Mayor turns down request to widen feasibility study

The Mayor of London, Boris Johnson, has rejected a request that the site of the Double Dry Dock be considered as a potential location for construction of the Lenox, as part of the feasibility study that is planned. This study was made a condition of the outline planning permission granted for Convoys Wharf in March.

At the same time, he has granted his planning officers at the GLA a third extension of the deadline for agreeing the Section 106 agreement for the site with developer Hutchison Whampoa. The deadline has now been extended to October 31st.

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Convoys Wharf with the Olympia Shed on the left; the site of the Double Dry Dock is to the extreme right of the photograph.

Since the hearing in March, the Lenox Project team has attended a number of meetings with Greater London Authority and Lewisham Council planning officers, as well as representatives of the developer, Hutchison Whampoa, to discuss aspects of the Convoys Wharf section 106 agreement which relate to the project. Until the agreement is signed, the planning approval will not be validated.

The approval included an obligation for the developer to fund a study to determine the most feasible location for the Lenox Project on the site; this obligation also states that the study should be concluded as soon as possible.

However requests by the Lenox Project CIC for the feasibility study to consider the Double Dry Dock site have been rejected by the Mayor. This is potentially the most feasible site for the project and our preferred choice, being the location where the Lenox was originally built. The site has strong associations with the adjacent Master Shipwright’s House, the only above-ground building of the former Royal Dockyard that survives.

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Above: The Double Dry Dock and Master Shipwright’s House: Extract from an aerial view commissioned by the Navy Board (National Maritime Museum)

The Lenox Project questions the validity of a feasibility study that assesses only two locations and ignores what could arguably be the most feasible.

At the hearing in March, the Mayor of London did not stipulate in the planning condition how many sites should be included in the study, only that the study should determine the most feasible site. The developer has argued that only the Safeguarded Wharf and Olympia Shed should be included in the study, and this view is being supported by Greater London Authority planning officers. This position is unchanged from that which the developer was adopting before the mayoral hearing.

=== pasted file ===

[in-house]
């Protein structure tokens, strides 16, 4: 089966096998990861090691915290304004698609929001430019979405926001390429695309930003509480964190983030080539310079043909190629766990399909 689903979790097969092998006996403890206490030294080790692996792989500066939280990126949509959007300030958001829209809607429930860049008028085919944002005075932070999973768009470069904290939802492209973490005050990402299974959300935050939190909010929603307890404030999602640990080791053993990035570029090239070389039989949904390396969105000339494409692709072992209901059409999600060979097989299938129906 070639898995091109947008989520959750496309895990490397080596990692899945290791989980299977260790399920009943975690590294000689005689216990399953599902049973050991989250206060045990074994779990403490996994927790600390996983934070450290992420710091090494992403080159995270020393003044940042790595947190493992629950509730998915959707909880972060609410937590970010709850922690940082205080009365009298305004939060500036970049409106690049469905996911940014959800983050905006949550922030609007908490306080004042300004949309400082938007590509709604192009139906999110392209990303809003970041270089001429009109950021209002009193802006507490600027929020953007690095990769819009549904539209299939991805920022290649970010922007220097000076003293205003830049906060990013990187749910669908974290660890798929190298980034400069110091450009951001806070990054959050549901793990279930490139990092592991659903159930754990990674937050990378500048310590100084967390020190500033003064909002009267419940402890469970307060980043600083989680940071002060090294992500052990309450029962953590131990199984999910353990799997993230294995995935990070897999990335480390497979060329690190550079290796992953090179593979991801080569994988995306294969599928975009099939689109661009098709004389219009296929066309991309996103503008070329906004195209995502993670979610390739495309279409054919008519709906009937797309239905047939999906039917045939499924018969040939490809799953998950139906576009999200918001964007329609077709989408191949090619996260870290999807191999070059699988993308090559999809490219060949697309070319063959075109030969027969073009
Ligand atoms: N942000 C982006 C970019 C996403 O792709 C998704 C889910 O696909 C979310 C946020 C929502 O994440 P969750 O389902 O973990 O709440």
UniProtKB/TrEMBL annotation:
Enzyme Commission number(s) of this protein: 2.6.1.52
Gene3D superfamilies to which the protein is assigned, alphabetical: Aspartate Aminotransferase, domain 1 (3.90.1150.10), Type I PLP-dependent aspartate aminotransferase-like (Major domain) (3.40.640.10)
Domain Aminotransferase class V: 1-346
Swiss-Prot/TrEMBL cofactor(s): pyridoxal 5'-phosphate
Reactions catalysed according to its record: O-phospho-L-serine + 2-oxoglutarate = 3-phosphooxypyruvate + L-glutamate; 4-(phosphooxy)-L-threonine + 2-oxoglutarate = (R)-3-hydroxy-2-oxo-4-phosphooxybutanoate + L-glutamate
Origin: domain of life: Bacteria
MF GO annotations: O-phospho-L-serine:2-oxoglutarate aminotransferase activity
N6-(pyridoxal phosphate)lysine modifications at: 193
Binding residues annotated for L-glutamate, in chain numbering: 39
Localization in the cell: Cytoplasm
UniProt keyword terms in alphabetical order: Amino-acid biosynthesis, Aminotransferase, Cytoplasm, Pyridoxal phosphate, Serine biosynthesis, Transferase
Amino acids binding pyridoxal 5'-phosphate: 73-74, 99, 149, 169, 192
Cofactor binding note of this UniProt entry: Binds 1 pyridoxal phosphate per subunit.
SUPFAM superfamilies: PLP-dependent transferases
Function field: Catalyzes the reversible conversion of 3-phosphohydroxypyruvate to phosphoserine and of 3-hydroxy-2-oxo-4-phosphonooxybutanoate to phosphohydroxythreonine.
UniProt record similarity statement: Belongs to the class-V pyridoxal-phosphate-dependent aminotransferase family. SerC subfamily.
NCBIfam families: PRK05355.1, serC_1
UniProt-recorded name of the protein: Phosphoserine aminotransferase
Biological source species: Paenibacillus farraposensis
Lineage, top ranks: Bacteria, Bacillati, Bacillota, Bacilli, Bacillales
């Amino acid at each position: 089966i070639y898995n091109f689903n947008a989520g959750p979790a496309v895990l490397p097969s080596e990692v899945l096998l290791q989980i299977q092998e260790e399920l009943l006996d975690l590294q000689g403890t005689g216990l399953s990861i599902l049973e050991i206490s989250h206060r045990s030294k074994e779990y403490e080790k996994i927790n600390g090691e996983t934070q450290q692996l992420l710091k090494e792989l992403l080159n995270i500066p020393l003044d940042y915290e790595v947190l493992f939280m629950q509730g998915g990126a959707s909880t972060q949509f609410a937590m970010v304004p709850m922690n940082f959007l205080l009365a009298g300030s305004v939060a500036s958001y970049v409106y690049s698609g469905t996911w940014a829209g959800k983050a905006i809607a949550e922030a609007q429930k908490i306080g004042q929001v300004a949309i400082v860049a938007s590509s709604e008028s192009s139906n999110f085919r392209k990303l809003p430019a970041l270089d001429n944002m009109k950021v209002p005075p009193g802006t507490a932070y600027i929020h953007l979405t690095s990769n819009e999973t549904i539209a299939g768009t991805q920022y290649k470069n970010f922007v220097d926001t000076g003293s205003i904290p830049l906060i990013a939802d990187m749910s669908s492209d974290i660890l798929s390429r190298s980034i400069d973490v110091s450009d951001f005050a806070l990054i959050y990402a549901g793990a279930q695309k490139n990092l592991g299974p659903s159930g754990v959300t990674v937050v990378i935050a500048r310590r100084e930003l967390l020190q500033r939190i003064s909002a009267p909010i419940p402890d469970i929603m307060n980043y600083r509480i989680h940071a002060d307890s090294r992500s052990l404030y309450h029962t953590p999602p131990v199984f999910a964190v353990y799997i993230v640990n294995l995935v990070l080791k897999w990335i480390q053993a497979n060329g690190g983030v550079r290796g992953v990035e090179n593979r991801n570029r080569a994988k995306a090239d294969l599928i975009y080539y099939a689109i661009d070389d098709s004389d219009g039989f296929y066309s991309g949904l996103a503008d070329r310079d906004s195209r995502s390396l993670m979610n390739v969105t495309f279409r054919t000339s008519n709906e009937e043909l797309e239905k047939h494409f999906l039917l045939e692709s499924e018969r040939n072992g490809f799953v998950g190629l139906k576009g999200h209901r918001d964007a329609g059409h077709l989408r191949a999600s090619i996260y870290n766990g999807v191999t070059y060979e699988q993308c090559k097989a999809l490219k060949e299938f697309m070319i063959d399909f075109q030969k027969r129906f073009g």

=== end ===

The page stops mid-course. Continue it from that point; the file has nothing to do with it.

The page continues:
However Lewisham Council has consistently advocated including the Double Dry Dock and the council recently wrote to Boris Johnson in support of our request to include it in the study. The Mayor received letters from Lewisham Deptford MP and Lenox Project patron Dame Joan Ruddock, Lewisham Deputy Mayor Alan Smith, a number of other Lewisham councillors and three GLA assembly members, all supporting our request.

In his response, the Mayor of London cited advice from his planning officers that the dock ‘no longer constitutes a functional piece of civil engineering’. This is strongly challenged by the Lenox team on the basis that the majority of the dock was excluded from the investigations carried out by Museum of London Archaeology. The small area which was excavated revealed a substantial stone-built structure in very good condition.

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The Great Dock: Photograph from Museum of London Archaeology Evaluation Report April 2010

We believe the aim of the study should be to choose the most viable location for the project and not the most convenient one for the developer.

The terms offered by the developer for use of the two sites currently proposed in the study, coupled with their availability in relation to the development construction programme, would delay the start of the project for anything from 8 to 12 years.

This could seriously undermine the project’s viability and it is for this reason that we want the Double Dry Dock to be included. We believe it is the only option that will enable the project to begin at the earliest opportunity.

The Lenox Project team intends to use the additional time offered by the deadline extension to continue lobbying for three sites to be included in the study and for the terms proposed for use of all of the sites to be modified to provide the best chance of success for the project.

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